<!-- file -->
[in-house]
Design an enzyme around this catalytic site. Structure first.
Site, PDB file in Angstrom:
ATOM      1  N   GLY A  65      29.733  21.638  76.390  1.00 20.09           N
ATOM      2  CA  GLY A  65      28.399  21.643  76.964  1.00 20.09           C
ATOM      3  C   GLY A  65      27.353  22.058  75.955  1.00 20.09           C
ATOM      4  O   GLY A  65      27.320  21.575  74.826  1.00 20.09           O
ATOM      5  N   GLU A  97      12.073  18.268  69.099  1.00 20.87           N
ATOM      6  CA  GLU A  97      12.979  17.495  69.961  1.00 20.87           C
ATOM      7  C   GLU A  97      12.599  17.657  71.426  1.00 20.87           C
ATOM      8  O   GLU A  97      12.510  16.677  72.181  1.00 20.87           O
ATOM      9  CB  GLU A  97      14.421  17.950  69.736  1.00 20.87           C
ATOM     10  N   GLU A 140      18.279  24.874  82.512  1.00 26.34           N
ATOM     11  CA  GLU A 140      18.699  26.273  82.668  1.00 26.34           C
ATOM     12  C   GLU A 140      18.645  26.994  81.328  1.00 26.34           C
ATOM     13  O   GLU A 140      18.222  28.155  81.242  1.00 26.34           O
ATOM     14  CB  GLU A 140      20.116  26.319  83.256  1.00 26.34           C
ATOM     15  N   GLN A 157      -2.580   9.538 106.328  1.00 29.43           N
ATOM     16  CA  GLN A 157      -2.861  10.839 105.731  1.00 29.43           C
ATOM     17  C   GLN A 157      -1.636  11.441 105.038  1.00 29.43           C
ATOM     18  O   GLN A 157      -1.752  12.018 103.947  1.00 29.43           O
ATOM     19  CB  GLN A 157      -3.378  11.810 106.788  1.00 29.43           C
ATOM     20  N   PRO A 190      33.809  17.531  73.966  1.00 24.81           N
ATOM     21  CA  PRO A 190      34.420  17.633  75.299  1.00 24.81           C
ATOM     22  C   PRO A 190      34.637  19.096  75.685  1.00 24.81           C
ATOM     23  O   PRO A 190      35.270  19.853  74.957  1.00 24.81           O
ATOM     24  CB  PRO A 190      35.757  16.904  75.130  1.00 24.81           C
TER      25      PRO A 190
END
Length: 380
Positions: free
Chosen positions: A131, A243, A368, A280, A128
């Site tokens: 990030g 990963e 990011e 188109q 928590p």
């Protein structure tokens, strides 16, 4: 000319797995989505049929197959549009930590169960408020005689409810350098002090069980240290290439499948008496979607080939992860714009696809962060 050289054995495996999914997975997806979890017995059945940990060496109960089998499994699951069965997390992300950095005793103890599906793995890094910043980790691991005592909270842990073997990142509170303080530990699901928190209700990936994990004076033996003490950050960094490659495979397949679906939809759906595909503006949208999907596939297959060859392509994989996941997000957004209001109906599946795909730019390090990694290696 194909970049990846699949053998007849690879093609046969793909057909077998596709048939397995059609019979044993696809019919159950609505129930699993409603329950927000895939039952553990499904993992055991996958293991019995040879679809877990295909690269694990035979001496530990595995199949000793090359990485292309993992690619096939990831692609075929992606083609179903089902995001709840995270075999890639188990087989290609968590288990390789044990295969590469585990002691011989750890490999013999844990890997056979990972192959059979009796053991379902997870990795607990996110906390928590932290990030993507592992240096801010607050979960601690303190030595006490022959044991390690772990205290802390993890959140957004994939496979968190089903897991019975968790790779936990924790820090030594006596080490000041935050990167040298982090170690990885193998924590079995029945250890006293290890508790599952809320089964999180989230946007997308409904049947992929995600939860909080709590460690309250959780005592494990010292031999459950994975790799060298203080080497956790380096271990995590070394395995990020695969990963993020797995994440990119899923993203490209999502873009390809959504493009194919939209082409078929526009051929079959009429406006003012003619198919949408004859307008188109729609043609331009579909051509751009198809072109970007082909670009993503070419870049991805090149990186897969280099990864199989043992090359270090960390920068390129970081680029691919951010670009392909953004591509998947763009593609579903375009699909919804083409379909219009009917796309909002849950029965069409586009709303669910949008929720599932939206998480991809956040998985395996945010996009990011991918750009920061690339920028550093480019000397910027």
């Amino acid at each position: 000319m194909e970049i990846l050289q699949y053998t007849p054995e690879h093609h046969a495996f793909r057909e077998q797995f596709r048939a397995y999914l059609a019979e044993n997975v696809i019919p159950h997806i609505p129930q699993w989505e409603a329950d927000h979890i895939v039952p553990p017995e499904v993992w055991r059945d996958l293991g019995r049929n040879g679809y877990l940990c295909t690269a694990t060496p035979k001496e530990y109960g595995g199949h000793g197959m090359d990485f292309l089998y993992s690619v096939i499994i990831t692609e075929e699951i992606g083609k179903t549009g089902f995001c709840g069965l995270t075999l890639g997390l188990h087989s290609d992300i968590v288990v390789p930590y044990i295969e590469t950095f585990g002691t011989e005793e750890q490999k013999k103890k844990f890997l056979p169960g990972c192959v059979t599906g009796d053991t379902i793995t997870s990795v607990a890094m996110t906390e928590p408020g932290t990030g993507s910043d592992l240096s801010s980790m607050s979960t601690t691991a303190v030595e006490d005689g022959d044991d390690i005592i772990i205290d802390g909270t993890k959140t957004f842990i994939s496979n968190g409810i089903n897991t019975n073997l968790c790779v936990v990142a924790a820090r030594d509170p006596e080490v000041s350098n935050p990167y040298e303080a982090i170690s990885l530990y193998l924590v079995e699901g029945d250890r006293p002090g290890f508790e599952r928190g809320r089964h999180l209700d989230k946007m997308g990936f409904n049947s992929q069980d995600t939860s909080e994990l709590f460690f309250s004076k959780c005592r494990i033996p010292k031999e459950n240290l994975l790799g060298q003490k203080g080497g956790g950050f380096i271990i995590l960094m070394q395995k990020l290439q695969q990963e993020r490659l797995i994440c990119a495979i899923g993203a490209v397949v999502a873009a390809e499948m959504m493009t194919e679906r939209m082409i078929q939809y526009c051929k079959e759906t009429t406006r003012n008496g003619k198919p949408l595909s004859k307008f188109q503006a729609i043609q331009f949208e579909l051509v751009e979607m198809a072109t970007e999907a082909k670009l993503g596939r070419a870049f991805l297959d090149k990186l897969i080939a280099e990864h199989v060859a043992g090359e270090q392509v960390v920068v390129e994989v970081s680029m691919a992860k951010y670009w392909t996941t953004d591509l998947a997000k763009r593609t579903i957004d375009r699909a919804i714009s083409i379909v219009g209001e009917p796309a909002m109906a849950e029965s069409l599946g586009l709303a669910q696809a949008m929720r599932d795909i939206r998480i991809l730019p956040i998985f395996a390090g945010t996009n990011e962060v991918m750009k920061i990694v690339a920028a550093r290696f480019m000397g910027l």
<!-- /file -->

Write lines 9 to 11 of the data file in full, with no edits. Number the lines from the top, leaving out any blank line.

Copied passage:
ATOM      6  CA  GLU A  97      12.979  17.495  69.961  1.00 20.87           C
ATOM      7  C   GLU A  97      12.599  17.657  71.426  1.00 20.87           C
ATOM      8  O   GLU A  97      12.510  16.677  72.181  1.00 20.87           O